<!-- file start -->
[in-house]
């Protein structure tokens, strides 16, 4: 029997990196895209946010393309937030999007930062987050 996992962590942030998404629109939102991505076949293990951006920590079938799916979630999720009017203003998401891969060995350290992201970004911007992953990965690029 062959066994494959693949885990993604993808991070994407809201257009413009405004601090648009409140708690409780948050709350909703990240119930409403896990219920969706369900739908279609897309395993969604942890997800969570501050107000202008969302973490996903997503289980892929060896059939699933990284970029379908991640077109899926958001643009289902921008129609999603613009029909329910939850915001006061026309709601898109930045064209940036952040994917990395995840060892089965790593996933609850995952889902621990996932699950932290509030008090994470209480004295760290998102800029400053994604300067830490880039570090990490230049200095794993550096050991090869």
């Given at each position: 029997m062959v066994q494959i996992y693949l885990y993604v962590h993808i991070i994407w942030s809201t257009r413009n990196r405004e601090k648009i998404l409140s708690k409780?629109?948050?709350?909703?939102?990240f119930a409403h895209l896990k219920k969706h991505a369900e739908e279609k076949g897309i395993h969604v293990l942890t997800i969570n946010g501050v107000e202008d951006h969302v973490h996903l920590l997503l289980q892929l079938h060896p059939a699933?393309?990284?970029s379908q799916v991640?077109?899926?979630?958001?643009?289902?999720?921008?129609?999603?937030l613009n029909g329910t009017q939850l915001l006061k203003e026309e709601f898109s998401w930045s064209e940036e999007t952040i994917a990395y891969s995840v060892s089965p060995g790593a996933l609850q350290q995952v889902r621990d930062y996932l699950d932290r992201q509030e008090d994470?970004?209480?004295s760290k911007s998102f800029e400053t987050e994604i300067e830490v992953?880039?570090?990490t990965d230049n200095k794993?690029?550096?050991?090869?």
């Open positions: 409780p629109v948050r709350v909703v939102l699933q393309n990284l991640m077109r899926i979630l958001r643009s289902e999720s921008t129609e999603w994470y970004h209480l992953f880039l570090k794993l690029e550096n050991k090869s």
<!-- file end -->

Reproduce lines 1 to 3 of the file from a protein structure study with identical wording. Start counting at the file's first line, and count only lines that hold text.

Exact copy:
[in-house]
């Protein structure tokens, strides 16, 4: 029997990196895209946010393309937030999007930062987050 996992962590942030998404629109939102991505076949293990951006920590079938799916979630999720009017203003998401891969060995350290992201970004911007992953990965690029 062959066994494959693949885990993604993808991070994407809201257009413009405004601090648009409140708690409780948050709350909703990240119930409403896990219920969706369900739908279609897309395993969604942890997800969570501050107000202008969302973490996903997503289980892929060896059939699933990284970029379908991640077109899926958001643009289902921008129609999603613009029909329910939850915001006061026309709601898109930045064209940036952040994917990395995840060892089965790593996933609850995952889902621990996932699950932290509030008090994470209480004295760290998102800029400053994604300067830490880039570090990490230049200095794993550096050991090869």
């Given at each position: 029997m062959v066994q494959i996992y693949l885990y993604v962590h993808i991070i994407w942030s809201t257009r413009n990196r405004e601090k648009i998404l409140s708690k409780?629109?948050?709350?909703?939102?990240f119930a409403h895209l896990k219920k969706h991505a369900e739908e279609k076949g897309i395993h969604v293990l942890t997800i969570n946010g501050v107000e202008d951006h969302v973490h996903l920590l997503l289980q892929l079938h060896p059939a699933?393309?990284?970029s379908q799916v991640?077109?899926?979630?958001?643009?289902?999720?921008?129609?999603?937030l613009n029909g329910t009017q939850l915001l006061k203003e026309e709601f898109s998401w930045s064209e940036e999007t952040i994917a990395y891969s995840v060892s089965p060995g790593a996933l609850q350290q995952v889902r621990d930062y996932l699950d932290r992201q509030e008090d994470?970004?209480?004295s760290k911007s998102f800029e400053t987050e994604i300067e830490v992953?880039?570090?990490t990965d230049n200095k794993?690029?550096?050991?090869?």